When I picked my friend’s nine year old daughter up from school last week the first thing she said to me was, “We had to do something really weird in class today. The teacher paired all the girls with a boy and we had to be a married couple.” It turns out the teacher was having her students work on writing dialogue and since it was right before Valentine’s Day she thought it would be cute for them to write dialogue about love and marriage.
“Not all girls want to marry a boy. It was so lame,” my friend’s daughter told me. ‘Lame’ was not really the word that came to my mind; I was more thinking about heteronormativity and how it is reproduced through our social institutions.
The prosecution of 16 year old Ethan Couch has garnered considerable media attention in the past two weeks. Couch was accused of killing four pedestrians while high on valium and under the influence of alcohol. With a truck full of friends, Couch crashed into a group of pedestrians. The outcry from this case is twofold. First, Couch’s defense attorney argued that he could not be held fully responsible for his actions because he suffered from “affluenza.” Second, this defense worked and Couch was found guilty but only sentenced to 10 years under correctional probation. Couch, 16, was sentenced to 10 years under correctional probation for his actions. Couch never denied his actions, rather his defense argued that Couch’s dysfunctional upbringing was the reason for his actions and he deserves therapy over incarceration. (more…)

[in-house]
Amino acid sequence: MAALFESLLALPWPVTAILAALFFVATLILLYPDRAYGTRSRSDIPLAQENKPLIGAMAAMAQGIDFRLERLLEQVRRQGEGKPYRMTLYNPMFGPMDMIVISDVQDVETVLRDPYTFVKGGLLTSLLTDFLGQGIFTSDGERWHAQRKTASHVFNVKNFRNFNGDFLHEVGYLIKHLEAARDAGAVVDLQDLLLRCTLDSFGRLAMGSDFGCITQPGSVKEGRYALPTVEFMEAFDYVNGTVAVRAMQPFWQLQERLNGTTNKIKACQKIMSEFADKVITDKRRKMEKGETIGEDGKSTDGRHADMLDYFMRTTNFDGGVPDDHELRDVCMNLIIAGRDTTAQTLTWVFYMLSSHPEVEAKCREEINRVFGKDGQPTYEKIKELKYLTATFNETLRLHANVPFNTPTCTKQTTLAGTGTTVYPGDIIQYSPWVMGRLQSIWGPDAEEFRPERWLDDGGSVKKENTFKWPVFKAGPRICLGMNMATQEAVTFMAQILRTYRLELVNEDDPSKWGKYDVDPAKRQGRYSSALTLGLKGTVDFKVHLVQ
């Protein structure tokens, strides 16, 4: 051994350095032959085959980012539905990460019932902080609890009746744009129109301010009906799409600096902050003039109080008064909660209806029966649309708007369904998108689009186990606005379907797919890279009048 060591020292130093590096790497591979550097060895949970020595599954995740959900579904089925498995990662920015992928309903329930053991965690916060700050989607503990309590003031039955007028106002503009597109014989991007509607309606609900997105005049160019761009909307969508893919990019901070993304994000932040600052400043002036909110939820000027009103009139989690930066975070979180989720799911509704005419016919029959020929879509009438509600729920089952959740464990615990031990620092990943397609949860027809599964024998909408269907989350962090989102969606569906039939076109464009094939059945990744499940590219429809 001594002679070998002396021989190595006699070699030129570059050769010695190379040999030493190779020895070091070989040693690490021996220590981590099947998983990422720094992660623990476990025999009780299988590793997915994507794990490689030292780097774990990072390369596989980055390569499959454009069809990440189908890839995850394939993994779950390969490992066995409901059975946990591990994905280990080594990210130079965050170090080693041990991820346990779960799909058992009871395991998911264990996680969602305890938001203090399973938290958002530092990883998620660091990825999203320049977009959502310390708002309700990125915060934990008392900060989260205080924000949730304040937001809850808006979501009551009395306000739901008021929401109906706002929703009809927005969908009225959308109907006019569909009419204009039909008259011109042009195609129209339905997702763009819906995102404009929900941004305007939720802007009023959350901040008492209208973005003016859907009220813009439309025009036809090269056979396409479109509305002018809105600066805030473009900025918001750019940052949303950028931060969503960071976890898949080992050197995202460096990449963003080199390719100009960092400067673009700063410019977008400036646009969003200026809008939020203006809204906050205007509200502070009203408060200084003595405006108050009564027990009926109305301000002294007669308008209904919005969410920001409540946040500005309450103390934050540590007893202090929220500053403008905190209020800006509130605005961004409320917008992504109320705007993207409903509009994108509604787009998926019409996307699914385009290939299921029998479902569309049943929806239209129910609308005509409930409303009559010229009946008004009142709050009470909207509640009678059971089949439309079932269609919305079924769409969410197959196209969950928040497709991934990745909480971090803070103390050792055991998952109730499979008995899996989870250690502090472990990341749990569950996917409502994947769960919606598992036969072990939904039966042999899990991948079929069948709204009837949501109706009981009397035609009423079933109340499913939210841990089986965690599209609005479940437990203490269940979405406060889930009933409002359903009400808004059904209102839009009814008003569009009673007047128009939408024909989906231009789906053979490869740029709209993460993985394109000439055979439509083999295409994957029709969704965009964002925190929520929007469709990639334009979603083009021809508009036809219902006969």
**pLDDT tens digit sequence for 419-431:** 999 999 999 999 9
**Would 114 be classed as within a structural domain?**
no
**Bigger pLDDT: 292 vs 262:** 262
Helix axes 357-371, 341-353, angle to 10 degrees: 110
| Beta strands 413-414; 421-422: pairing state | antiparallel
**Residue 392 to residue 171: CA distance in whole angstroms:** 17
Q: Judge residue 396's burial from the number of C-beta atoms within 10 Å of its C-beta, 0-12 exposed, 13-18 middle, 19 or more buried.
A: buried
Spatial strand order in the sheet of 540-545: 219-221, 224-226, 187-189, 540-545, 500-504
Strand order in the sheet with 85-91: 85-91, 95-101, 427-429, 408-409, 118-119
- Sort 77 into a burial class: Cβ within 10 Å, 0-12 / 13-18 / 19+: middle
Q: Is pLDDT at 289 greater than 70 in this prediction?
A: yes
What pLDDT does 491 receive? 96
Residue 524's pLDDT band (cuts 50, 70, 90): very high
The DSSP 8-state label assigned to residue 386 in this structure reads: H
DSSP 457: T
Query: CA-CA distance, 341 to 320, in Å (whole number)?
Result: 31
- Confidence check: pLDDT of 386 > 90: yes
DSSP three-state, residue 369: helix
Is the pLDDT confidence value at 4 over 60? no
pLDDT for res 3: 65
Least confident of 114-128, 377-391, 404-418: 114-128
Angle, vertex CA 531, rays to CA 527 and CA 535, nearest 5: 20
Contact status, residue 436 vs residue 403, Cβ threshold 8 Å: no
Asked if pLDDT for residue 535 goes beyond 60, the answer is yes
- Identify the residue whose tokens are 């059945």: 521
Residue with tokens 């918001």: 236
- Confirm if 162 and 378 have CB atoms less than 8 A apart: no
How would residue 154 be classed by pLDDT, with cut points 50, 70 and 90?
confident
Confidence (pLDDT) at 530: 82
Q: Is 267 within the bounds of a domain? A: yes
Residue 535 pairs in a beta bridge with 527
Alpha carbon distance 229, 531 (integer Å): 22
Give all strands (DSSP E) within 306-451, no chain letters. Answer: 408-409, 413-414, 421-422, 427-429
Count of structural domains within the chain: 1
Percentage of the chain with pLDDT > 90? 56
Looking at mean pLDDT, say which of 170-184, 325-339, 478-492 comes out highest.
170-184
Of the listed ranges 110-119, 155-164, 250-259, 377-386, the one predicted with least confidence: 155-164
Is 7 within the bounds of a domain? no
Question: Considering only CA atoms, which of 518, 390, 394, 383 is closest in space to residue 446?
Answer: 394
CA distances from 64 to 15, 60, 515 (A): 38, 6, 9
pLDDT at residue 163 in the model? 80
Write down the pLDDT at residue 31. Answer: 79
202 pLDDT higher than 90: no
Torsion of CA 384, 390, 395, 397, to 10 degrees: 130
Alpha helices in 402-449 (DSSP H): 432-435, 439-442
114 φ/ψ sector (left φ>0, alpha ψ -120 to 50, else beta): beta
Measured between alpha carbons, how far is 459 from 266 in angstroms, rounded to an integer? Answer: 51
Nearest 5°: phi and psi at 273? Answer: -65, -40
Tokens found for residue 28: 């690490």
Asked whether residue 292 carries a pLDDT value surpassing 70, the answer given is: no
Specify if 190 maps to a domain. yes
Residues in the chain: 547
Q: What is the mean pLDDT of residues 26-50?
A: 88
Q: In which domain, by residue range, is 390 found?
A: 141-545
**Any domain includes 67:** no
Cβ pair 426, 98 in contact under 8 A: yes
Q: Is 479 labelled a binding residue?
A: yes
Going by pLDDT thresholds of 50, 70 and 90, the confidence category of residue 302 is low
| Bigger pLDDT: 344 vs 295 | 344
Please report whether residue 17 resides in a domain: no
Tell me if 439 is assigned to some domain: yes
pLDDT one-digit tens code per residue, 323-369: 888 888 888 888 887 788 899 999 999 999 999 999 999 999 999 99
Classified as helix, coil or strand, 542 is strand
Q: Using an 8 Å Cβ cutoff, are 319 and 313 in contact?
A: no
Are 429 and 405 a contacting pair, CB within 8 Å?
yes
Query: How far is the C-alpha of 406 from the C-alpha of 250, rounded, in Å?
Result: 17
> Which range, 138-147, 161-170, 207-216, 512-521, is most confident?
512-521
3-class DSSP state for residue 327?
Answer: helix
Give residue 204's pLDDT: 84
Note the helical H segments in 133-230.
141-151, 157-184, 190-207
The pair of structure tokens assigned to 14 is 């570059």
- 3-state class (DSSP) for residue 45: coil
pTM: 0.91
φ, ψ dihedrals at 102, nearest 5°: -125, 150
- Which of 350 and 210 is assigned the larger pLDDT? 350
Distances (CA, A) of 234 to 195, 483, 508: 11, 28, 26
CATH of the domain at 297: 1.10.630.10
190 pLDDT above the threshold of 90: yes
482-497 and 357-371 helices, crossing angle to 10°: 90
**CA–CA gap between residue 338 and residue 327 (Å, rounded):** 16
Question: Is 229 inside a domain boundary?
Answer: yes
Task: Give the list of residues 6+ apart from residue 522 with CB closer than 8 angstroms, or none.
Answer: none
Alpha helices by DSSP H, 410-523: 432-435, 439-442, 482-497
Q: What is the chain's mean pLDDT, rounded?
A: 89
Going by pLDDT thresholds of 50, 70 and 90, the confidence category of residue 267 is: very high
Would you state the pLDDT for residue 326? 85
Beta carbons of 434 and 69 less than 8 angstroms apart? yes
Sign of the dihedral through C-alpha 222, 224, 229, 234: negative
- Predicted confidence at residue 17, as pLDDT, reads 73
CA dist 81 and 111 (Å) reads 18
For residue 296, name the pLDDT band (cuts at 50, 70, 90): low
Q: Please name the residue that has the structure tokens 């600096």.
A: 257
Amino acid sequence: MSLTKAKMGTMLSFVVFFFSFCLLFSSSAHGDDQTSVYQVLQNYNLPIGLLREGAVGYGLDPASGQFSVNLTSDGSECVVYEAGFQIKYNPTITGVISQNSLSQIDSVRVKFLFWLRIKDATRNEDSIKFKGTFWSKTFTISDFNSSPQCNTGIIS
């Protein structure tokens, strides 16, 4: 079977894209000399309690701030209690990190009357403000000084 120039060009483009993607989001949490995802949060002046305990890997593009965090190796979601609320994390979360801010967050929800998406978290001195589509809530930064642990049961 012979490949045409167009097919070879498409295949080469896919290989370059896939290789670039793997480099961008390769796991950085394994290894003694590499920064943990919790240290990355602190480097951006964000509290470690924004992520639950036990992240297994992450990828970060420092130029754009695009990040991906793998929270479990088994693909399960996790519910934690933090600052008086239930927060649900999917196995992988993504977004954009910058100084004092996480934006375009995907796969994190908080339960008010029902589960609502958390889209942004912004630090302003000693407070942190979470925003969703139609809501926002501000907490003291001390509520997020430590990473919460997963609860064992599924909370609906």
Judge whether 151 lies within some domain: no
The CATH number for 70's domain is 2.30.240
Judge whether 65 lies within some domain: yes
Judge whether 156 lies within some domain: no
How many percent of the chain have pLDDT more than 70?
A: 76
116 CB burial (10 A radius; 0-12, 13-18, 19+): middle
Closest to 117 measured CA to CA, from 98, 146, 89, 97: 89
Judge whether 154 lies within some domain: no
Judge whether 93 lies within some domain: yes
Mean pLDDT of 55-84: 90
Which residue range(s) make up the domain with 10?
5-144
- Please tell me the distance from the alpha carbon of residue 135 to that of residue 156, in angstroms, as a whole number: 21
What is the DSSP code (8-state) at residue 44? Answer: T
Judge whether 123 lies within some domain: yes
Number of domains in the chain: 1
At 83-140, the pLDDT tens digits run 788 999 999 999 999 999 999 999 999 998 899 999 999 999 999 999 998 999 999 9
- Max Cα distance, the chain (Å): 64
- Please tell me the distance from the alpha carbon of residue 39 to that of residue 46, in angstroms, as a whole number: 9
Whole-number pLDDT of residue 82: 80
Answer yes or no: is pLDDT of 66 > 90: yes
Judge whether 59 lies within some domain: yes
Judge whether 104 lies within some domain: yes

How do women and men divide housework? That question has become a matter of intrigue in US media in recent years. In fact, in the last week alone two major newspapers, The New York Times and The Atlantic, carried opinion pieces on the gendered division of housework in America. A plethora of research indicates that in the last 30 years men have begun to increase the amount of time that they spend on housework but the fact remains that women still do far more housework than men. What this progress on the part of men means for the future though is still up for debate. Will this progress toward gender equity continue? Will it slow? Will it speed up? Only time will tell, but pundits certainly have a lot to say on the matter. (more…)